Independent journalism about VU Amsterdam | Since 1953
21 June 2024

Campus
& Culture

Students put up encampment on campus square

Students and employees who want VU Amsterdam to cut its ties with Israel are dissatisfied with negotiations. So they have escalated with an encampment on campus.

According to the VU coalition of Students and Staff for Palestine, negotiations with the university have reached a dead end. ‘The encampment has the goal of bringing attention to the crisis in Gaza and to call for immediate action by the executive board by divesting and breaking ties with Israeli institutions. Otherwise they will be held accountable for being complicit in genocide’, they write in a statement.

‘No sex with cops’

The tents arose on June 3 around 12.30. The activists had already conceived the plan some time ago. First they tried to apply pressure with a big sit-in and various smaller actions. “We always planned to escalate if the VU wouldn’t listen”, says spokesperson and VU alumnus Jay. He’d rather not use his full name.

The encampment will be holding events and asked the public for supplies such as food, drinks and sleeping supplies. They also want to keep everything tidy. In their house rules they state that they are non-violent and want to keep the space clean and accessible. Vandalism is not allowed. There’s also a rule against having sex with cops.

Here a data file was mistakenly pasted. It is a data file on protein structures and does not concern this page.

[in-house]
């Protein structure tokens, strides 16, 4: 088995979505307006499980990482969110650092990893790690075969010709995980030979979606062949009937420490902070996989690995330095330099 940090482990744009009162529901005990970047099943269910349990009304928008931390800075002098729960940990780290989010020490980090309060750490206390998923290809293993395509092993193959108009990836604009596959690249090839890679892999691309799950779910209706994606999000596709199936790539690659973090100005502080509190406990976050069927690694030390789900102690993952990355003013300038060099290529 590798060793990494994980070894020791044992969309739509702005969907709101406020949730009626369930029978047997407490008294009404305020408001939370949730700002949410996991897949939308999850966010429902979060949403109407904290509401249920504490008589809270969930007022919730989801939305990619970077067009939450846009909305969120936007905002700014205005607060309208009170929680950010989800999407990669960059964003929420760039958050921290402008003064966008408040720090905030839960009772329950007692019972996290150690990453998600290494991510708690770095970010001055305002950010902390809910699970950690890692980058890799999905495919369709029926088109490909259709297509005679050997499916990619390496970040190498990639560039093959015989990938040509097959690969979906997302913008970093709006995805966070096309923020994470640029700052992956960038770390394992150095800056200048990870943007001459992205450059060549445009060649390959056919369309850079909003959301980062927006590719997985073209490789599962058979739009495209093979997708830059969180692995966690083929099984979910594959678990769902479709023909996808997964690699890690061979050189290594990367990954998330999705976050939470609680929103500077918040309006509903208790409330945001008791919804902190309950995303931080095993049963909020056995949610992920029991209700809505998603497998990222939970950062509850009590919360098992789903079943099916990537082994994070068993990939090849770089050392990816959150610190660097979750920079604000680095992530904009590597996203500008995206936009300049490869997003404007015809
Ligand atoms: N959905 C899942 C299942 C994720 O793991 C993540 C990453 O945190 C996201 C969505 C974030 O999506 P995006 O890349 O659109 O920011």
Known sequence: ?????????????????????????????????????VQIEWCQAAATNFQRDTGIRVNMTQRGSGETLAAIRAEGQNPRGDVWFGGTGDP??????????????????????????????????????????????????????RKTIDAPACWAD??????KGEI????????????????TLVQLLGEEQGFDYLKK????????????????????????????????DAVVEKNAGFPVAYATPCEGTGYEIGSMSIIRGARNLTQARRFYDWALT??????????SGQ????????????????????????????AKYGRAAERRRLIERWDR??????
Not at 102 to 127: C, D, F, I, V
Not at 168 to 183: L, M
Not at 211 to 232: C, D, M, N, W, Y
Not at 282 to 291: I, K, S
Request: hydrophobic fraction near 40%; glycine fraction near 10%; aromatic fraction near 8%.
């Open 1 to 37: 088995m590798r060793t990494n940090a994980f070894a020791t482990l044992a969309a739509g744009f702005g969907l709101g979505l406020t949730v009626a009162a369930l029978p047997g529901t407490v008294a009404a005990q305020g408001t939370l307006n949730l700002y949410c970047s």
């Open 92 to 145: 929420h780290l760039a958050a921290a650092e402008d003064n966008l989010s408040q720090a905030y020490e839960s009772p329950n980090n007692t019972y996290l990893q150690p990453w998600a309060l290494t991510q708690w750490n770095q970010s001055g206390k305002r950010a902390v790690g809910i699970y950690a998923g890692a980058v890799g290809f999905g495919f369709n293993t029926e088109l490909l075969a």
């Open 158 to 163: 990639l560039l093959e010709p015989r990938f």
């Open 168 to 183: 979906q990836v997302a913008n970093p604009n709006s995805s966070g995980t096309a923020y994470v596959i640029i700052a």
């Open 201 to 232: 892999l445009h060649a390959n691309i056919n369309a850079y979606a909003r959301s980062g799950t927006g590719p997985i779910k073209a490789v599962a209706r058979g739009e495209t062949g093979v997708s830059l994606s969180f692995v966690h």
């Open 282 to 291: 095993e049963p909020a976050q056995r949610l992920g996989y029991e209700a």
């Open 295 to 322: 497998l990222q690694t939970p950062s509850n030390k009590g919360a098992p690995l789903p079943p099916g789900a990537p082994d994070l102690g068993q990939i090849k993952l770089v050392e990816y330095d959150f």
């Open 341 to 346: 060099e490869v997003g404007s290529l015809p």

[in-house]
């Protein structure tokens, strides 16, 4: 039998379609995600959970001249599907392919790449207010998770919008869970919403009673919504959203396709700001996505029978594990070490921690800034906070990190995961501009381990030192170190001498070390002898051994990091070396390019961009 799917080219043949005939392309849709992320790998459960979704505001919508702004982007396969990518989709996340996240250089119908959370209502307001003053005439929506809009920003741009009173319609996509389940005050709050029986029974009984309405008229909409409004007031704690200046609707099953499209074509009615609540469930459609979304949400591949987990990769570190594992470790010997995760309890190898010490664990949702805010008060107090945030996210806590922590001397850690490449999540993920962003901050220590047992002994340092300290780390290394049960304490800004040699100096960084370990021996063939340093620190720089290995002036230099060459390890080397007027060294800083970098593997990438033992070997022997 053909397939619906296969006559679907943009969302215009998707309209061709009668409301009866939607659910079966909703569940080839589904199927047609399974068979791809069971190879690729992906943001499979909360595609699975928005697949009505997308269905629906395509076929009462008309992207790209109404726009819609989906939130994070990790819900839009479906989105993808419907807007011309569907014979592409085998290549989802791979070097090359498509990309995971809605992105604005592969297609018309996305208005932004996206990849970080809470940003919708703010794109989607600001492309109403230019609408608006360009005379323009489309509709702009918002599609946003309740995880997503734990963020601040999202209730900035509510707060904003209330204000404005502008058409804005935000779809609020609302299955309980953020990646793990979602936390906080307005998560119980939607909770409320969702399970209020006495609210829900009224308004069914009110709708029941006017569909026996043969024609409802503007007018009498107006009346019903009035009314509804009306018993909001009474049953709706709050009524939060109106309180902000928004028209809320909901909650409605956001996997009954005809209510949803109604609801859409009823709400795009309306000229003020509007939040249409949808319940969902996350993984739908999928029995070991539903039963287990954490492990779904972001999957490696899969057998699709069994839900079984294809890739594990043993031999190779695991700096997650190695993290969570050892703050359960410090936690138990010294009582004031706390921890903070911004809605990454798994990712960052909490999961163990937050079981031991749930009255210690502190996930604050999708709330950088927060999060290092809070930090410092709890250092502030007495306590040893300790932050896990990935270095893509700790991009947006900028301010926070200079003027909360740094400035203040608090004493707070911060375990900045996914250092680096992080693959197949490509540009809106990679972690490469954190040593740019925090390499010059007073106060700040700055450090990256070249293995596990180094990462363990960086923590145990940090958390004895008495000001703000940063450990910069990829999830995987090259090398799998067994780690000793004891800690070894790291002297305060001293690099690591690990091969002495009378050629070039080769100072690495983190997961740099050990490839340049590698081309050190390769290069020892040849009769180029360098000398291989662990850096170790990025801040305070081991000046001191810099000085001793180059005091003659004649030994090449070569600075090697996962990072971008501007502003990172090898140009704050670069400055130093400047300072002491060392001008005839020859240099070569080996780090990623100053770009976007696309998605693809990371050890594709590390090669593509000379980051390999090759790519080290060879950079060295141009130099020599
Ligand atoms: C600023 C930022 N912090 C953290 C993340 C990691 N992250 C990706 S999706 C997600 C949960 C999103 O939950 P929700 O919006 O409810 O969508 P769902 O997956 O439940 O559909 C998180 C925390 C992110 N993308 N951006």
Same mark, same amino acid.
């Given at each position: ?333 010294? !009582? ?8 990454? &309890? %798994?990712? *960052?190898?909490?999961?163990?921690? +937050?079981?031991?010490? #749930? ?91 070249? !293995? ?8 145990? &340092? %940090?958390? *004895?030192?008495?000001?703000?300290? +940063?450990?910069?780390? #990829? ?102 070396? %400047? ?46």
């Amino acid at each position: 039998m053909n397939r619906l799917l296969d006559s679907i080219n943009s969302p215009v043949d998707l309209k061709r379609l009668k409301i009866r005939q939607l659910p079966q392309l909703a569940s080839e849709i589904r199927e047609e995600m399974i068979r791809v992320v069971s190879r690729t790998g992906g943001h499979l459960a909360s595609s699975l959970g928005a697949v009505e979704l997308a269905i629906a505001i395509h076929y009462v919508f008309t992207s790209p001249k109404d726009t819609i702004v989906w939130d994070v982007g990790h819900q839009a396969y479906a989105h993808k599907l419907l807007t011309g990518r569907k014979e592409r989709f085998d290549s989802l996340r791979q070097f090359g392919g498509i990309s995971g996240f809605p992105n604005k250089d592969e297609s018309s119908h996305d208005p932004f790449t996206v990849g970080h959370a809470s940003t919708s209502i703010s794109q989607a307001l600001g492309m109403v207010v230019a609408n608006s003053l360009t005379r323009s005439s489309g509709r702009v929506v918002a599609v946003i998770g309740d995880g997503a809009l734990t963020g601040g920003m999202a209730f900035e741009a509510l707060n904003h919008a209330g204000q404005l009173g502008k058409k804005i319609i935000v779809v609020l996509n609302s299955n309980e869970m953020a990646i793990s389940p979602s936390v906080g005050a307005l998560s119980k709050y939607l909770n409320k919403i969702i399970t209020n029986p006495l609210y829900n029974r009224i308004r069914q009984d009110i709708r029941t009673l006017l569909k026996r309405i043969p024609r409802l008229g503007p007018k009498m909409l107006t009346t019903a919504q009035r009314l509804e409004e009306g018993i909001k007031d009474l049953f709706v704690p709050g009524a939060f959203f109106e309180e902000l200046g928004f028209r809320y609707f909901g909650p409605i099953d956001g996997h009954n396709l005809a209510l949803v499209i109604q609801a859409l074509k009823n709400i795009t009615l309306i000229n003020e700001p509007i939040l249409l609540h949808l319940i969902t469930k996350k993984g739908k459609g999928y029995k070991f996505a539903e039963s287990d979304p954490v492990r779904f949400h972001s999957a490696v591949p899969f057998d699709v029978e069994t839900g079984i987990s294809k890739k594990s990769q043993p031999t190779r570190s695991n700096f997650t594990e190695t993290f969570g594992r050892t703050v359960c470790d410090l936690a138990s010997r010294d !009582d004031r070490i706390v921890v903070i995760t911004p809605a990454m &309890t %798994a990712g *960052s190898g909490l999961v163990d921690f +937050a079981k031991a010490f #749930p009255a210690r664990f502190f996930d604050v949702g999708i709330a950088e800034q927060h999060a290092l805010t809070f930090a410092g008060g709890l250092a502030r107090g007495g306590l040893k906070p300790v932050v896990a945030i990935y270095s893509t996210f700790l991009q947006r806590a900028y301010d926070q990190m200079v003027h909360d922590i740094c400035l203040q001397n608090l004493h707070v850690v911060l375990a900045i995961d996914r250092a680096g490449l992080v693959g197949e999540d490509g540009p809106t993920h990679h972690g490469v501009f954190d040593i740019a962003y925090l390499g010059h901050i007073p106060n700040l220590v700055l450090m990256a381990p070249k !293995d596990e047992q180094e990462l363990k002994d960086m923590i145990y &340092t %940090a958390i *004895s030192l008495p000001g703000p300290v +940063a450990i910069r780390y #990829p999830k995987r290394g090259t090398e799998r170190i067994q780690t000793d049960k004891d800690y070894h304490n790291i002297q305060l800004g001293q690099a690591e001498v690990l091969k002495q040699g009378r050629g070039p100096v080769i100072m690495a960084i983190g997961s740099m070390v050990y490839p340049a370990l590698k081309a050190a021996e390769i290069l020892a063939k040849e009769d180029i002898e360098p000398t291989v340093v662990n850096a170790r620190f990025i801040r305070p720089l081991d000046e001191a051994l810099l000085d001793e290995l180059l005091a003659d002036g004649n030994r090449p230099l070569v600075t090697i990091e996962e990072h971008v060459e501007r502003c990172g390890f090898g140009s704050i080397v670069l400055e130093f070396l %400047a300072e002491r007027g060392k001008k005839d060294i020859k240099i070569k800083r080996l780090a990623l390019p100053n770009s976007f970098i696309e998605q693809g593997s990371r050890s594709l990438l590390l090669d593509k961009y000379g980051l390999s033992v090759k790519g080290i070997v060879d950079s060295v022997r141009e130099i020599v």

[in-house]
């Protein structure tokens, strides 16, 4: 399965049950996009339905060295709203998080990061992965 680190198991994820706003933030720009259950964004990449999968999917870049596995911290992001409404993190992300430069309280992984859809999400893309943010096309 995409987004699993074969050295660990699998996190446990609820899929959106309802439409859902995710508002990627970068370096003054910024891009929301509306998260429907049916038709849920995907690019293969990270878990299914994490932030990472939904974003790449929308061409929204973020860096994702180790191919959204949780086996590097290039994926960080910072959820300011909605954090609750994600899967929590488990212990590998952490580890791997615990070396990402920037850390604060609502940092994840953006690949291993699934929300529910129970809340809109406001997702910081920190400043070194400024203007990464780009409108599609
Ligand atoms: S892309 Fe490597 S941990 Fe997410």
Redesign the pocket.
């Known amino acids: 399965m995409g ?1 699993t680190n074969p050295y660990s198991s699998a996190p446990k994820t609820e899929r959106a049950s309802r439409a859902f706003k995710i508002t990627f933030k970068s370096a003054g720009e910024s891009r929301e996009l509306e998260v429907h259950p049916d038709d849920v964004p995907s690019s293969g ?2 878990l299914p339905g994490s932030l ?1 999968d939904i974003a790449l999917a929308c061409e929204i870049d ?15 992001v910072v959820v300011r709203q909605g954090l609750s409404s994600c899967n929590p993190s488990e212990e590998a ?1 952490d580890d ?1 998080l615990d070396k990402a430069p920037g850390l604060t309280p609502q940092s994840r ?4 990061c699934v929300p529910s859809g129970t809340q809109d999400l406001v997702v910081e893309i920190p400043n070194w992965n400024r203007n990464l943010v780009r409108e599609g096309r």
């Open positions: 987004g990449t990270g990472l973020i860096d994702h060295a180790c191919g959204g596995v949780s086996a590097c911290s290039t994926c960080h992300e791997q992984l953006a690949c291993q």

No faith in framework

Two weeks ago VU Amsterdam announced a framework for (international) collaborations, which can for instance be used to scrutinize the university’s ties to Israeli companies. But the activists are not satisfied. Jay: “First of all, they did not indicate a time limit. Secondly, we want the ties to be cut until the research is finished.”

A small group of VU employees was standing by the camp shortly after it was put up. “There are a lot of colleagues in solidarity with the students. And even more colleagues are concerned about the safety of the protesting students. They really don’t want to see the police here”, says one of the employees.

Riot police

In a staff council meeting last week, Marcel Nollen of the VU executive board mentioned that the large police presence at the big sit-in was not there by invitation of VU Amsterdam. Rather it was the municipality that sent the police, because the organisers registered the protest with the municipality. The mobile unit, a form of riot police, was also standing by to potentially intervene. Nollen remarked the university lost ‘a bit of control’ of its campus due to the police presence. The municipality’s involvement is not self-evident, as the campus grounds are privately owned by the university.

For now, VU Amsterdam has not taken any action to remove the encampment. In an update on its website, the university states it is taking various precautions to ensure everyone’s safety and to allow all educational and research activities to continue.

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